Sunday, October 18, 2015


So, it's a ghost story.

It's more a story with ghosts.

Edith explains this more than once in the opening scenes of Crimson Peak. She's writing a novel. Already she's been told to put a romance in it and then she has decided to conceal her gender from publishers by drafting the book on a typewriter. And behind her, writer director Guillermo del Toro is telling us that we should cast off ideas that we're in for a horror movie. It's not a clumsy breach of the fourth wall as much as a kind of wink to anyone who has followed his career. So far he's made popcorn genre films in English and highly original dark fables in Spanish. Well, this is a dark fable in English.

There are indeed ghosts. They are fleshy but also ashen. Trails and dribbles of ectoplasm flow around them like the spectres in The Devil's Backbone. They are scary when you see them but they are also messengers. What's on show here is not horror but melodrama and it is played as a kind of spoken opera. The grand orchestral score for once in a contemporary film really has a welcome place. Edith's insistence on the relationship of ghosts to the story plays, in effect, like a theme in an overture.

The plot is a compound of gothic melodramas like Jane Eyre or Rebecca. Young and beautiful and Edith (a golden Mia Wasikovska) falls for the suavely dark Sir Thomas Thorne (the utterly dependable Tom Hiddleston) as he tours the Americas seeking investors for his clay mining machine. His sister, the arch and sinister Lady Lucille (a posh accented Jessica Chastain) slinks through the society crowd like a crimson serpent and descends a gothic stairwell like seven Mrs Danvers all at once. We're not talking new, here, as much as well expressed.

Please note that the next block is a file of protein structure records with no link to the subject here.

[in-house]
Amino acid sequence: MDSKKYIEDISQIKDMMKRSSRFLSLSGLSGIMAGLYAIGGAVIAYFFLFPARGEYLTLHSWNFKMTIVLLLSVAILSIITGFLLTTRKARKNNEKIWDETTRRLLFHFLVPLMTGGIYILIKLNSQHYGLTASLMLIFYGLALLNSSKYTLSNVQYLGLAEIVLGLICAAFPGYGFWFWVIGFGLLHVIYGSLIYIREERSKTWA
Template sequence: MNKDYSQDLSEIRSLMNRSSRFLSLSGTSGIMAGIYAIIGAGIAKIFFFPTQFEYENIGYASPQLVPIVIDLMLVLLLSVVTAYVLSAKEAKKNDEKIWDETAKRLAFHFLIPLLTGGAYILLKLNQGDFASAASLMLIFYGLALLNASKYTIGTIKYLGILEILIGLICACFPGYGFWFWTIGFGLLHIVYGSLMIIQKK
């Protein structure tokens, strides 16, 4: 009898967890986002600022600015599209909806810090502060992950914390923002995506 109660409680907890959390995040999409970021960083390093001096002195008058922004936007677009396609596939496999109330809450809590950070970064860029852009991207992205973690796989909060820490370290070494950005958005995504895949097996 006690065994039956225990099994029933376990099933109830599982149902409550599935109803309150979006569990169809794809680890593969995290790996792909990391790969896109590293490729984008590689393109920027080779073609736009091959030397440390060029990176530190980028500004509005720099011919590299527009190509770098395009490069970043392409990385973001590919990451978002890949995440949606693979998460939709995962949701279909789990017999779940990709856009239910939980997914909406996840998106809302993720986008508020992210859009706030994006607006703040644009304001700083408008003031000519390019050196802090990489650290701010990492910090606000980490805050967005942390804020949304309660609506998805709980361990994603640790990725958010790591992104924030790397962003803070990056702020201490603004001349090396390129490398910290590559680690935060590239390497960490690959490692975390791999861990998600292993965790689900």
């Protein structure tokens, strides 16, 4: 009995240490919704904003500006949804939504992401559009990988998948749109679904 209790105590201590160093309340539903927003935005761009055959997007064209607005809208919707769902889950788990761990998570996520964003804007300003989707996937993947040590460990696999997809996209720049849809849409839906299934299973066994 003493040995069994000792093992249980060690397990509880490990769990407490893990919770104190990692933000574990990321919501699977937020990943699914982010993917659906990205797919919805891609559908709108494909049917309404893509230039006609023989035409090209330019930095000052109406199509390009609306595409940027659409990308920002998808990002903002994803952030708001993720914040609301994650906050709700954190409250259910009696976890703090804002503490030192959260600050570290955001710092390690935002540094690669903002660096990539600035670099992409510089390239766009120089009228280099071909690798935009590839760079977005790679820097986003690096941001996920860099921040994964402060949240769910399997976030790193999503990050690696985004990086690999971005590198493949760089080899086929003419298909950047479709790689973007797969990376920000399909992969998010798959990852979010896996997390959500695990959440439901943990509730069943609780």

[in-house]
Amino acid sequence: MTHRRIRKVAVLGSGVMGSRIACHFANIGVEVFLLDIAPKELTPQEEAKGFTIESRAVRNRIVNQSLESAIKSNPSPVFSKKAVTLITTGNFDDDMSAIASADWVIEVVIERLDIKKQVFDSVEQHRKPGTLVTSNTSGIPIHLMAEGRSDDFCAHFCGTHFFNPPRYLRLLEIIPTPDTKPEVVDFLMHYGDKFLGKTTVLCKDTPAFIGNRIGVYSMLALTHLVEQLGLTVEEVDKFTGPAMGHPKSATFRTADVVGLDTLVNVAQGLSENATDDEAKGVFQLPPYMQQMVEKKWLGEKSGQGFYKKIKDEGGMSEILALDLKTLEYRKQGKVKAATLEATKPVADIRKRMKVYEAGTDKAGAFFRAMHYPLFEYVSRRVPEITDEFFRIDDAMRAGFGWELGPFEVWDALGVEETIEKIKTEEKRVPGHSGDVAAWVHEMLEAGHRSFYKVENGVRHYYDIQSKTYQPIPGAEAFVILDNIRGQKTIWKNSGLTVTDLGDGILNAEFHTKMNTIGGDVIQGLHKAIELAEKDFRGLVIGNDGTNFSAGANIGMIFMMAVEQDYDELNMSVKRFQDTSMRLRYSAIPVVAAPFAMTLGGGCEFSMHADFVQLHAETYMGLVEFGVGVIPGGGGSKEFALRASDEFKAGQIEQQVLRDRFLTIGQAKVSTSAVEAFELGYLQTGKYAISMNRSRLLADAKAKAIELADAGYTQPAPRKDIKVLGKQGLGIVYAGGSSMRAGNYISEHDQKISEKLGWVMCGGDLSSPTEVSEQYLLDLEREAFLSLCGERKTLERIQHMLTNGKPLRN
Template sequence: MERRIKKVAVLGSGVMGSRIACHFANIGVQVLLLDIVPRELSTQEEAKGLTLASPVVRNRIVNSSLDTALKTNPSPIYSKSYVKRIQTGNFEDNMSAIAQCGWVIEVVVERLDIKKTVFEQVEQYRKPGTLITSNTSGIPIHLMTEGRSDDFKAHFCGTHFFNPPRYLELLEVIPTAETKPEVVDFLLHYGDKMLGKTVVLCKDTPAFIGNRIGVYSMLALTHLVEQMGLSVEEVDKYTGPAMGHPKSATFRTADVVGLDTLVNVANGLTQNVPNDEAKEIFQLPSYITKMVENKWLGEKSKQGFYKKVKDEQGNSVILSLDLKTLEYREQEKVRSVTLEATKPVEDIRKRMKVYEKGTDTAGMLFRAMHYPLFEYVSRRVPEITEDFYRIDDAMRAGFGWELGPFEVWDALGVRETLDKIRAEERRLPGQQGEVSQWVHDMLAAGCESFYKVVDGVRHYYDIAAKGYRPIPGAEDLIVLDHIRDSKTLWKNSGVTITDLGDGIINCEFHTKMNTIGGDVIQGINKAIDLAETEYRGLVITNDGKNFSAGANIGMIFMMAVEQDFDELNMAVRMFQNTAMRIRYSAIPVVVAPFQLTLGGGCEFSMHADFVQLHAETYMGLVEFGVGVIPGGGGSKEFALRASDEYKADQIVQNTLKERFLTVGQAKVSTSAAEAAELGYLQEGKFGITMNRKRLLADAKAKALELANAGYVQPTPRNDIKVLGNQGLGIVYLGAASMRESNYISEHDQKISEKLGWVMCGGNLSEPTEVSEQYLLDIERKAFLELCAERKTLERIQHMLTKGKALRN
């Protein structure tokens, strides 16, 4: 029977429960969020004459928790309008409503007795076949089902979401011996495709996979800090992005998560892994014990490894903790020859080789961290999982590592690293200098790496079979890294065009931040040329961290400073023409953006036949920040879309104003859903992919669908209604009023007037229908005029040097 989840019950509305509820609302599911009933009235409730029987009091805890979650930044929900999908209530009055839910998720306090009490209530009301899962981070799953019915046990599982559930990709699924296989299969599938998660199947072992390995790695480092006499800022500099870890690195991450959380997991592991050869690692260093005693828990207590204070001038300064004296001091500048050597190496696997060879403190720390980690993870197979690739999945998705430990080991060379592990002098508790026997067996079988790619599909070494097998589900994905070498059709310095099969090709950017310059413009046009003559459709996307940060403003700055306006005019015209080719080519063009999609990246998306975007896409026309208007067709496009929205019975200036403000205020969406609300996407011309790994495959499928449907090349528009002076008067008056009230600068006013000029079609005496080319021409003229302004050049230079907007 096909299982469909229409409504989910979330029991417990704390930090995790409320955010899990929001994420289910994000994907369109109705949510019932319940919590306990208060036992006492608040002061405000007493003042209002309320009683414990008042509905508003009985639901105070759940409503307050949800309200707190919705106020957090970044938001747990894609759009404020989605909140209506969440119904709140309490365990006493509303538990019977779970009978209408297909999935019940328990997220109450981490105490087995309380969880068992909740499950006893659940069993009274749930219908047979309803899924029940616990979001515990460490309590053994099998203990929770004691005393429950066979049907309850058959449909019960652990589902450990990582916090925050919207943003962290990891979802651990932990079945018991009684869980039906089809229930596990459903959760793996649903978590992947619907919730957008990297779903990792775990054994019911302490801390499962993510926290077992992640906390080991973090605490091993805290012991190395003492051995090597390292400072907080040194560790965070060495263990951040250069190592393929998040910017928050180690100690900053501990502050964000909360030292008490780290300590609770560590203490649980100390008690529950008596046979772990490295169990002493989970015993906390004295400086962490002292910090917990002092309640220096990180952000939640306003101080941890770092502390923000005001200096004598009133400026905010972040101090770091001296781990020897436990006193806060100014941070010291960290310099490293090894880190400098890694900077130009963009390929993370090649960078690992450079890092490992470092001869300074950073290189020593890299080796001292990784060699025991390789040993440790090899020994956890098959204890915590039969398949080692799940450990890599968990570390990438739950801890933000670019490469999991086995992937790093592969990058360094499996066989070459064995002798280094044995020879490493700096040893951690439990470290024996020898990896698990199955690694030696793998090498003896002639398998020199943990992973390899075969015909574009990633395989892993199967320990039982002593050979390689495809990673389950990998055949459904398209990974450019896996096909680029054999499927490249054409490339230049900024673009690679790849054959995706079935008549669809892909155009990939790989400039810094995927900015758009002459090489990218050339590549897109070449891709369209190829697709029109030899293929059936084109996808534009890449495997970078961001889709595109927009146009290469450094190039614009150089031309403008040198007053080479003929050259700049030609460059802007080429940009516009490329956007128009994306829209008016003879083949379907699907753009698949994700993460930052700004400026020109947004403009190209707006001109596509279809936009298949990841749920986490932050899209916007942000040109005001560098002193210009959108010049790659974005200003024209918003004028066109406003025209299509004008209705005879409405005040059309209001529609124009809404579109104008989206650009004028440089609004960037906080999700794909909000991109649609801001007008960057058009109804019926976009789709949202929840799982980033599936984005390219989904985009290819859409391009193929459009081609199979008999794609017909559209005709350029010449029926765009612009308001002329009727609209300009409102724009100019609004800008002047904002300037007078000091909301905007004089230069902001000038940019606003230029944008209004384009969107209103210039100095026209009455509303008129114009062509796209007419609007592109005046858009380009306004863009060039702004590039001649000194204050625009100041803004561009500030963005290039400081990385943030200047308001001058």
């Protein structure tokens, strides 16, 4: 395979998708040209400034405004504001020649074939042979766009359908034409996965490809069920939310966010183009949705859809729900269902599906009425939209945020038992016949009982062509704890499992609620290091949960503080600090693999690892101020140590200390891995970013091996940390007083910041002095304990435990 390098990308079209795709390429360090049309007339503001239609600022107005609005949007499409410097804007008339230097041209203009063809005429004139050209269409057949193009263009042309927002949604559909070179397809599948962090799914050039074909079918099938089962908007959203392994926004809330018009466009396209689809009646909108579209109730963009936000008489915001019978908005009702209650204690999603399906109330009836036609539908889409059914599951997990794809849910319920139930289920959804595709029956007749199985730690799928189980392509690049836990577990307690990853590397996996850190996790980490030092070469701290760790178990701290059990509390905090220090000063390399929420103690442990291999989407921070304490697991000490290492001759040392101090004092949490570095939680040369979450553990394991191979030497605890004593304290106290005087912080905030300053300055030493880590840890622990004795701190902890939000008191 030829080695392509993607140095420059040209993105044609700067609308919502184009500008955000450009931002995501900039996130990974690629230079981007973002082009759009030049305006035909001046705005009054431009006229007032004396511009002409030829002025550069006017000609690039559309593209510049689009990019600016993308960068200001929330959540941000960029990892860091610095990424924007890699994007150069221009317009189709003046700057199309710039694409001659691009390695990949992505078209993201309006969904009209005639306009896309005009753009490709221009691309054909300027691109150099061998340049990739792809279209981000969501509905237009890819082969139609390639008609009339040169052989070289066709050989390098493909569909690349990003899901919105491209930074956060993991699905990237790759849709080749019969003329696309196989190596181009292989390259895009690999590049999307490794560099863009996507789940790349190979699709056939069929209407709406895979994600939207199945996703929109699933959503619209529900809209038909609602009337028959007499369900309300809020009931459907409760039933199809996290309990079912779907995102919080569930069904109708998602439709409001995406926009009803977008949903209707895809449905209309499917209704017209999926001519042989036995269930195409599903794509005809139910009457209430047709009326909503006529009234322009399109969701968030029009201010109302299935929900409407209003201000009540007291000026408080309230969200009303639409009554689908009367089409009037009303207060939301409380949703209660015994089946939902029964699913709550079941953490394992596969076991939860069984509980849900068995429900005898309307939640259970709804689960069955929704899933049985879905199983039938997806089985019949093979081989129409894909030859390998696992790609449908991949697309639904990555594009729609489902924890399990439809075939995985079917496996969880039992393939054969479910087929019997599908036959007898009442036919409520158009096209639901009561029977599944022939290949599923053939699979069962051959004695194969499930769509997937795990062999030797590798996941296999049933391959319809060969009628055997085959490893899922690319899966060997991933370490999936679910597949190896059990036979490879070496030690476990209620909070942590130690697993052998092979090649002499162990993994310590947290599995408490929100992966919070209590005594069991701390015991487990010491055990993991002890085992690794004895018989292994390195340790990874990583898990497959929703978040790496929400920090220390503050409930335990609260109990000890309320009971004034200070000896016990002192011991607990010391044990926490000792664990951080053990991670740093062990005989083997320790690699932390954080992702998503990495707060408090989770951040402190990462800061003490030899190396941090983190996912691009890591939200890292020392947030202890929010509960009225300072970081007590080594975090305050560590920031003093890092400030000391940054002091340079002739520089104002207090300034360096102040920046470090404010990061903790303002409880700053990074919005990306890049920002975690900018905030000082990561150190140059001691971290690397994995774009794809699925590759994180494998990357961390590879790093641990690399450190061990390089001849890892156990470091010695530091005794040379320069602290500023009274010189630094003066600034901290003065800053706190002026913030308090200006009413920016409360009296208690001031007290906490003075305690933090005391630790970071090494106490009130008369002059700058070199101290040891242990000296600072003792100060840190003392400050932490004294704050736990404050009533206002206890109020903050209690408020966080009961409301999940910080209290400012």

As a child, Edith was warned by the ghost of her mother to beware of Crimson Peak. And it is to a crimson peak (a natural phenomenon explained in the second act) that she is drawn. The mansion is slowly sinking into the blood red clay. The ceilings in some rooms have caved in; snow falls gently through the holes. Corridors give way to more corridors. The basement, accessed by an ancient lift, is filled with vats of bloodlike clay that could hide many bodies. And the cupboards and the recesses, the bathtubs and the entrances crawl and slide with the blood red dead.

Edith runs through this increasingly grave life decision like a gothic heroine. Well, she would if she weren't written as she has been. While she is under constant threat, at first from the ghosts and then from her sister in law and even her new husband she is more of an action heroine. And it is this that lifts Crimson Peak from being a beautiful but pointless melodrama to a Guillermo del Toro film.

Mia Wasikovska's bright performance goes from naivete to hard, canny survivalism as the full picture of where the real threats are coming from. Without this element, character and performance, the film would be pedestrian, if spectacularly so, on the same shelf as almost everything by Tim Burton after Ed Wood. Until this role solidifies it can be difficult to see where del Toro is going with the material but as blasting mini opera about life's mistakes it takes an honourable place beside the Spanish speaking masterworks. Perhaps a little softer than Pan's Labyrinth, which might well disappoint, but this could be the mellowing maturity brings and that might well spell more depth. We shall wait. We shall see.

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